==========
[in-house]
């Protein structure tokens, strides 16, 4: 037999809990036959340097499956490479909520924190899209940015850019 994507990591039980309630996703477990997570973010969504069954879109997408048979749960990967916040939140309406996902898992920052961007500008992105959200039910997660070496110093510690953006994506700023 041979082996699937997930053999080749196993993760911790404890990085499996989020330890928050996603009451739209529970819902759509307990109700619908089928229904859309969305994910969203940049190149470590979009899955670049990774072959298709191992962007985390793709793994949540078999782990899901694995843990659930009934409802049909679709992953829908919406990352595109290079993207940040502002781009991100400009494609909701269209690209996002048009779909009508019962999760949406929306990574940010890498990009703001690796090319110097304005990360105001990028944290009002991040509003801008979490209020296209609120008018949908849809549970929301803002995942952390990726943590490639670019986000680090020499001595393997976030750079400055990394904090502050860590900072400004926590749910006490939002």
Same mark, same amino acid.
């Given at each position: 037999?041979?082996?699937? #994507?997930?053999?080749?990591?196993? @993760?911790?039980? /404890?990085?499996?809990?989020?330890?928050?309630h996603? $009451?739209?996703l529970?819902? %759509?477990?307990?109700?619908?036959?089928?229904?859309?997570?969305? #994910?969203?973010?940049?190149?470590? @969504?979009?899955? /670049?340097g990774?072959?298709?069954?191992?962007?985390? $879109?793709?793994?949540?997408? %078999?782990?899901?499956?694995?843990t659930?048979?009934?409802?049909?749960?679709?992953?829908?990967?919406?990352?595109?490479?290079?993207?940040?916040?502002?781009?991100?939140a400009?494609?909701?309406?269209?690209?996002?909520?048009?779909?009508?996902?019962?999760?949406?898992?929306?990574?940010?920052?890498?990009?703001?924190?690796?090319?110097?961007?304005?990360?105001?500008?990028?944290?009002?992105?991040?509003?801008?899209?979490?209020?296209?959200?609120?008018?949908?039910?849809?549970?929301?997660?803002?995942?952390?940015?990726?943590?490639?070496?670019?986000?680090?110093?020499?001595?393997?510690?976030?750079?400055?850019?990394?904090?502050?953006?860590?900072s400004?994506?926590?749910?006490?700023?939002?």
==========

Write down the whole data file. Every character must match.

[in-house]
């Protein structure tokens, strides 16, 4: 037999809990036959340097499956490479909520924190899209940015850019 994507990591039980309630996703477990997570973010969504069954879109997408048979749960990967916040939140309406996902898992920052961007500008992105959200039910997660070496110093510690953006994506700023 041979082996699937997930053999080749196993993760911790404890990085499996989020330890928050996603009451739209529970819902759509307990109700619908089928229904859309969305994910969203940049190149470590979009899955670049990774072959298709191992962007985390793709793994949540078999782990899901694995843990659930009934409802049909679709992953829908919406990352595109290079993207940040502002781009991100400009494609909701269209690209996002048009779909009508019962999760949406929306990574940010890498990009703001690796090319110097304005990360105001990028944290009002991040509003801008979490209020296209609120008018949908849809549970929301803002995942952390990726943590490639670019986000680090020499001595393997976030750079400055990394904090502050860590900072400004926590749910006490939002």
Same mark, same amino acid.
């Given at each position: 037999?041979?082996?699937? #994507?997930?053999?080749?990591?196993? @993760?911790?039980? /404890?990085?499996?809990?989020?330890?928050?309630h996603? $009451?739209?996703l529970?819902? %759509?477990?307990?109700?619908?036959?089928?229904?859309?997570?969305? #994910?969203?973010?940049?190149?470590? @969504?979009?899955? /670049?340097g990774?072959?298709?069954?191992?962007?985390? $879109?793709?793994?949540?997408? %078999?782990?899901?499956?694995?843990t659930?048979?009934?409802?049909?749960?679709?992953?829908?990967?919406?990352?595109?490479?290079?993207?940040?916040?502002?781009?991100?939140a400009?494609?909701?309406?269209?690209?996002?909520?048009?779909?009508?996902?019962?999760?949406?898992?929306?990574?940010?920052?890498?990009?703001?924190?690796?090319?110097?961007?304005?990360?105001?500008?990028?944290?009002?992105?991040?509003?801008?899209?979490?209020?296209?959200?609120?008018?949908?039910?849809?549970?929301?997660?803002?995942?952390?940015?990726?943590?490639?070496?670019?986000?680090?110093?020499?001595?393997?510690?976030?750079?400055?850019?990394?904090?502050?953006?860590?900072s400004?994506?926590?749910?006490?700023?939002?």